How to keep your child calm about the coronavirus.

91% of children worry about the world, according to a landmark study by Action for Children UK. What can parents do to reassure kids about COVID-19? Here are some practical steps to follow to help keep your child relaxed and prepared.

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As I dropped my daughters at school this morning, a little boy shouted to them, “Hey, have you heard of the coronavirus?” We laughed a little at this, then moved on. But in the back of my mind, I started to wonder about how much kids are being affected by the constant coronavirus discussions going on around them. Recent studies have highlighted how anxiety and worry are on the rise with children around the world. Surely, even if they don’t mention it all the time, they are picking up on comments from their community and from the media? How can we be sure that they are getting the right information? Being a parent is a series of navigational steps that takes you into the unknown. Dealing with a global health crisis for all of us is unchartered territory so it is important that we guide our children into understanding, processing and reacting in sensible ways. Here are some practical steps to follow to reassure your child that, whatever happens, they can be fully prepared and keep calm in the months ahead.

Why are children worrying?

Our notions of childhood are constantly changing and what we expect childhood to be like has altered over the last hundred years. Adults can often have a romantic notion that childhood is worry-free so sometimes dismiss little worries as unimportant. However, we are becoming more aware of what children worry about and discussing anxiety in children is debated openly in the media and in schools in recent years. We are discovering much more about a child’s brain and their development. Children are such active listeners, they consume information like sponges and raise questions about all aspects of the world. Any parent of a toddler knows this too well. We have to expect that they are aware of the coronavirus and need those questions answered. According to David Spellman, a clinical psychologist, the media coverage of the virus has been sensationalised and this can impact children negatively if left unresolved. It is vital that we fact check our information and share appropriate facts with our children so they know what can be trusted, Spellman has suggested. Think of the images we see in our daily newsfeed – people wearing face masks, hospital staff wearing full clinical body suits, supermarket shelves empty. Coupled with language such as ‘quarantine’, ‘flights cancelled’ and countries on ‘lockdown’ these images be frightening for children and need to be explained in a rational way so they can make sense of the situation. Consider the following ways to help your child rationalise the health crisis and how it might impact them and people they know.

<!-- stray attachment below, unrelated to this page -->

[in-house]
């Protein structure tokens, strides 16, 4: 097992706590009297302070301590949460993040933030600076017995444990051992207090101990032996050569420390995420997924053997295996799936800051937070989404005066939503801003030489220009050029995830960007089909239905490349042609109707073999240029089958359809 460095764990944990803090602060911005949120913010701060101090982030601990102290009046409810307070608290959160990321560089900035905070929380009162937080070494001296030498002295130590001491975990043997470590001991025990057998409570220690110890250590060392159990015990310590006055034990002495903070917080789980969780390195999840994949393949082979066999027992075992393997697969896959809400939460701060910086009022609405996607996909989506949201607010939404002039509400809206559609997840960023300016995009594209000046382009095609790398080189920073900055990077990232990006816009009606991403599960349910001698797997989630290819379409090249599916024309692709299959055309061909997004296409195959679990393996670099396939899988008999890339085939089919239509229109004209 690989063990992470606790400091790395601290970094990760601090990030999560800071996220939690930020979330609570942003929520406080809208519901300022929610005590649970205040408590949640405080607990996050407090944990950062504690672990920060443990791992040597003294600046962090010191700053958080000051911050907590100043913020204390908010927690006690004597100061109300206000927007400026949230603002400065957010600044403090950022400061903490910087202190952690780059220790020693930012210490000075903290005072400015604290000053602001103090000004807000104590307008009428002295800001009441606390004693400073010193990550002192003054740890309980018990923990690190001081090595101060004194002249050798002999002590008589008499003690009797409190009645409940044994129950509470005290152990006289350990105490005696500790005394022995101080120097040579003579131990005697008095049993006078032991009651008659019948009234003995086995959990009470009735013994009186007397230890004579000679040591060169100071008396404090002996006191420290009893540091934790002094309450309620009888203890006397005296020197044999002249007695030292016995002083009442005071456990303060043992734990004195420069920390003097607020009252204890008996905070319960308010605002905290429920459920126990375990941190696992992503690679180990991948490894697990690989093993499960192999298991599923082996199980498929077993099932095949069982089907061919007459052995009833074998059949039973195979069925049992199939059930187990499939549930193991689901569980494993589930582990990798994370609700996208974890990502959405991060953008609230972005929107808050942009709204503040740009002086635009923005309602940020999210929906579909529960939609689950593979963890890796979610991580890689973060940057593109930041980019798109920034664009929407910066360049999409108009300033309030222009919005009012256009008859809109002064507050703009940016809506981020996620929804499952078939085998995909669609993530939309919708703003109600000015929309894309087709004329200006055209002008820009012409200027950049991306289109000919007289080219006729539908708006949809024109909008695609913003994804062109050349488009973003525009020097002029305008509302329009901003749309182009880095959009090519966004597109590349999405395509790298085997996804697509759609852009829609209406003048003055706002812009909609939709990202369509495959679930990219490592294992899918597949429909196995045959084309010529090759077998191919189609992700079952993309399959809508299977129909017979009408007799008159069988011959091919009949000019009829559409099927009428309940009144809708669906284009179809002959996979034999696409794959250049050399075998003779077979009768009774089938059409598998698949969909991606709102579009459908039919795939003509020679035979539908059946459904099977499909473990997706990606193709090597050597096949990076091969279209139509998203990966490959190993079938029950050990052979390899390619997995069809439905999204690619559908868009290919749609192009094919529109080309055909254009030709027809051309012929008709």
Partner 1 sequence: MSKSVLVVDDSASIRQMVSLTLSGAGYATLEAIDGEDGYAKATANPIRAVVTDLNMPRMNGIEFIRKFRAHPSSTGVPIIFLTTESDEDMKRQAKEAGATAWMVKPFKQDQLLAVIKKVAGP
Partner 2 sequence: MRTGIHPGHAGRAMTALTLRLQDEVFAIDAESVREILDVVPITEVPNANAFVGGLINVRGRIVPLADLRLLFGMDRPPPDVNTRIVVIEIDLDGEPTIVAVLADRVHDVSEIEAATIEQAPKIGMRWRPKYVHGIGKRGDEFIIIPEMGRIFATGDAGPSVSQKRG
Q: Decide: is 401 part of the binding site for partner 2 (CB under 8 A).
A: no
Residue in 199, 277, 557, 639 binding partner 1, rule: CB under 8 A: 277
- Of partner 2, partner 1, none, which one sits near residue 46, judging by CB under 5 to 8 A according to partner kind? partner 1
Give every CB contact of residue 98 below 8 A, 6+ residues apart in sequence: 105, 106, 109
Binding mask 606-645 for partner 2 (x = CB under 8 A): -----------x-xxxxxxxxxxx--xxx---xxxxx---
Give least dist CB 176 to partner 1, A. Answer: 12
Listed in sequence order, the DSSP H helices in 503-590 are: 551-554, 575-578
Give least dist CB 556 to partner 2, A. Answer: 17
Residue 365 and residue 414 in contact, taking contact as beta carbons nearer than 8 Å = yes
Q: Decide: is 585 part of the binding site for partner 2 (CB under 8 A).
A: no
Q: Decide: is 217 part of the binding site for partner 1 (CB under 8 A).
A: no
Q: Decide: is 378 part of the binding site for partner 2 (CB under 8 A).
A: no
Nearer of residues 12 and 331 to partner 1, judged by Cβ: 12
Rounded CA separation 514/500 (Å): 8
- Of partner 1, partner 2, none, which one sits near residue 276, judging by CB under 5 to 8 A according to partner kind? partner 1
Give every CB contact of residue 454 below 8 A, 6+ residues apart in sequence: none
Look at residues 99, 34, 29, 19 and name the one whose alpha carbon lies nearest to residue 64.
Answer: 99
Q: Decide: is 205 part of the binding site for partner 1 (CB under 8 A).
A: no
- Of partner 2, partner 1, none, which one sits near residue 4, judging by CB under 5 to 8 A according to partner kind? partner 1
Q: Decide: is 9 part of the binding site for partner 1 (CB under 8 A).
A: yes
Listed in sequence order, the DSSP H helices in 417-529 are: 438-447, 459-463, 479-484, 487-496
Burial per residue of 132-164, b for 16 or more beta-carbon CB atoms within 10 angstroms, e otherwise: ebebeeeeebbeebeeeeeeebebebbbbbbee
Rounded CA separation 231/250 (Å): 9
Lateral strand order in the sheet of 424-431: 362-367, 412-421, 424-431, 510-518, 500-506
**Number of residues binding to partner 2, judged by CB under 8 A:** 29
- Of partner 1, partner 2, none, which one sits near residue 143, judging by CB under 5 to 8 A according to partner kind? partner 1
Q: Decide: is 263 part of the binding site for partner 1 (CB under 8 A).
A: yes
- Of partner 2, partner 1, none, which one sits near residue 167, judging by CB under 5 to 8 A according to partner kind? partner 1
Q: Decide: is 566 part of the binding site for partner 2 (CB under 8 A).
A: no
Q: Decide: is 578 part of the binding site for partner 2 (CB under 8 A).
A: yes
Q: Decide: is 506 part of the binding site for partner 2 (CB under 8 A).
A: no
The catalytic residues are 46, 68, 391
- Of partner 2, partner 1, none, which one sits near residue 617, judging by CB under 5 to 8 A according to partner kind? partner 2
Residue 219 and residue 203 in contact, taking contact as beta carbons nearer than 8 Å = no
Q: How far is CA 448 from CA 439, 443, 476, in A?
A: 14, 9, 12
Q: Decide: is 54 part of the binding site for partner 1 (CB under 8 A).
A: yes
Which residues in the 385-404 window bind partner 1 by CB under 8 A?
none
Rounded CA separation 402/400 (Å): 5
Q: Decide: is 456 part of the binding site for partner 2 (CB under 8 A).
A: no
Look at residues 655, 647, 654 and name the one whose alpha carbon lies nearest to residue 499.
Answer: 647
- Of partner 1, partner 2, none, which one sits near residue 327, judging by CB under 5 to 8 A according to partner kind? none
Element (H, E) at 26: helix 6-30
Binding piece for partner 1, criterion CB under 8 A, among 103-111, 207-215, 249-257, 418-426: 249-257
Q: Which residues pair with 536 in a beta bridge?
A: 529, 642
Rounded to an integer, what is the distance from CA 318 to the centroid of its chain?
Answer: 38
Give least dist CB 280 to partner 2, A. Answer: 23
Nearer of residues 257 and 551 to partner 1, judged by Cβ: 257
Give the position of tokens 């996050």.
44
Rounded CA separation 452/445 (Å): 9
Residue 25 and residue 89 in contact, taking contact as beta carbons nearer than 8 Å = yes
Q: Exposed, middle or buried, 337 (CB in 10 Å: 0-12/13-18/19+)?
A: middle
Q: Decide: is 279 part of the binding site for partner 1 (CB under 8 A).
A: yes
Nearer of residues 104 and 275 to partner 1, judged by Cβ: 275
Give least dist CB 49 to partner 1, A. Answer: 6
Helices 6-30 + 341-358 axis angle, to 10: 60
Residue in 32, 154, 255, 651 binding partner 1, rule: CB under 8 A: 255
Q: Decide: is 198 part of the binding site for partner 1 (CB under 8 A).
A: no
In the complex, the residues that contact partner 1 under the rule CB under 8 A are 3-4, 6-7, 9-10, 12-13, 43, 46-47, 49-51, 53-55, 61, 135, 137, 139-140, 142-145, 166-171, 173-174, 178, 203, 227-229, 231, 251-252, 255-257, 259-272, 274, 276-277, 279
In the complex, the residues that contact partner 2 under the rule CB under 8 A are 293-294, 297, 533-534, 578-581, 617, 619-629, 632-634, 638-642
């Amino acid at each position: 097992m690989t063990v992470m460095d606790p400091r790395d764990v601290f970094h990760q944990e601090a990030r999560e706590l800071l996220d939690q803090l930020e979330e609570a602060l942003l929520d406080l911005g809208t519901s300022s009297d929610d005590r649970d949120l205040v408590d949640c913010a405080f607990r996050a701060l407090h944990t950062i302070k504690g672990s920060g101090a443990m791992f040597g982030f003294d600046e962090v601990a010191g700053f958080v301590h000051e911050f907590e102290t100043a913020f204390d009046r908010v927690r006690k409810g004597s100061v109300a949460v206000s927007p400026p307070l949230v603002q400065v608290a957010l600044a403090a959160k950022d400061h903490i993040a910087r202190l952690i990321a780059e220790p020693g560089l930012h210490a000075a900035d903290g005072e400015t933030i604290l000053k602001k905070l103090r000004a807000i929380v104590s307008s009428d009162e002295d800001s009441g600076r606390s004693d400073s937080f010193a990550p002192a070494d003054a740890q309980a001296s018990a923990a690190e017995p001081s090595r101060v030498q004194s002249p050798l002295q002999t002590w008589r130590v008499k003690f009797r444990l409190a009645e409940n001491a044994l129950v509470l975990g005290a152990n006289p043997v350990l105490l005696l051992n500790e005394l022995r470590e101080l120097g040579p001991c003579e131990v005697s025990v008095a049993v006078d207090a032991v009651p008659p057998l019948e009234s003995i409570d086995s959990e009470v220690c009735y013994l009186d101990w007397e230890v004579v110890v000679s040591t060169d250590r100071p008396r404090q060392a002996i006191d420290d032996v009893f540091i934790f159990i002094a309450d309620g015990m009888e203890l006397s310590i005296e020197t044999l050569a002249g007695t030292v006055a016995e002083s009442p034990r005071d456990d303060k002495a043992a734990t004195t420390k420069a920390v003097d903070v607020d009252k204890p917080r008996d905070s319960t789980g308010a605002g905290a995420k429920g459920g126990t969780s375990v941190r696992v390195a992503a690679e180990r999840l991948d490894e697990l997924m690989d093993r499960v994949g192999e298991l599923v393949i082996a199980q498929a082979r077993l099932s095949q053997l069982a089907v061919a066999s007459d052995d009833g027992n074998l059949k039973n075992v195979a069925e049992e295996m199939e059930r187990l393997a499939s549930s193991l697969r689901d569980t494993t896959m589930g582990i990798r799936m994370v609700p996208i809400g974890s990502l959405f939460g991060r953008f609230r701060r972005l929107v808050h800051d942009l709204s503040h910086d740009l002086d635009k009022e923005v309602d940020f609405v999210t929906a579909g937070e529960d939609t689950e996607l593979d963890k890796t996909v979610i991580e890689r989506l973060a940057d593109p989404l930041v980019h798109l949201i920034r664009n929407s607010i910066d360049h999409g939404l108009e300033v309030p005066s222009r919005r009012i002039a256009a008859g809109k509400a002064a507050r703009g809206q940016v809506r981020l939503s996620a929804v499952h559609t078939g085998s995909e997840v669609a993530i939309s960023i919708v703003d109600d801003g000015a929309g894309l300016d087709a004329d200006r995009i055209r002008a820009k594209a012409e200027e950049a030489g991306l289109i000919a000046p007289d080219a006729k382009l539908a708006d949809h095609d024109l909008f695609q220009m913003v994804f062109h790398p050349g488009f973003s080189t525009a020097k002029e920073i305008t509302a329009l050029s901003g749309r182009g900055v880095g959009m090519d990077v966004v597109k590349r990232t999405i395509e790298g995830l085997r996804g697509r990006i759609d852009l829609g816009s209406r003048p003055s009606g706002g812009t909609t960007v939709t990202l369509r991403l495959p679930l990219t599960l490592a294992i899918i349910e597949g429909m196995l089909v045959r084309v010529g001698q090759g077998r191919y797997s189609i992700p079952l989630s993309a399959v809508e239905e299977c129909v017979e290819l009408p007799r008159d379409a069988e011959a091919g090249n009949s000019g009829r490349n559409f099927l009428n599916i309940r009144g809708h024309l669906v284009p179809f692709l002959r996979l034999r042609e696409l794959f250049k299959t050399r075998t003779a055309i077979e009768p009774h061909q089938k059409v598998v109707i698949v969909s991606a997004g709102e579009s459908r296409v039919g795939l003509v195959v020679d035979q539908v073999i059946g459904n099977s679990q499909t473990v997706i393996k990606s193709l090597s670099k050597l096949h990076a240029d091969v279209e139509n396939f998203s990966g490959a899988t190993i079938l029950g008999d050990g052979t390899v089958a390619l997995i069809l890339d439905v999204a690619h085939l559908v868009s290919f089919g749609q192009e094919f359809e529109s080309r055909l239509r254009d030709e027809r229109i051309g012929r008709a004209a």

Choose the best time and place.

  • Try to pick a relaxed time of day, perhaps when driving, having dinner or watching TV. Before bed is often a time when worries appear but this is not always the best time to discuss them as this can lead to an unsettled night. Best to reassure and delay until the next morning.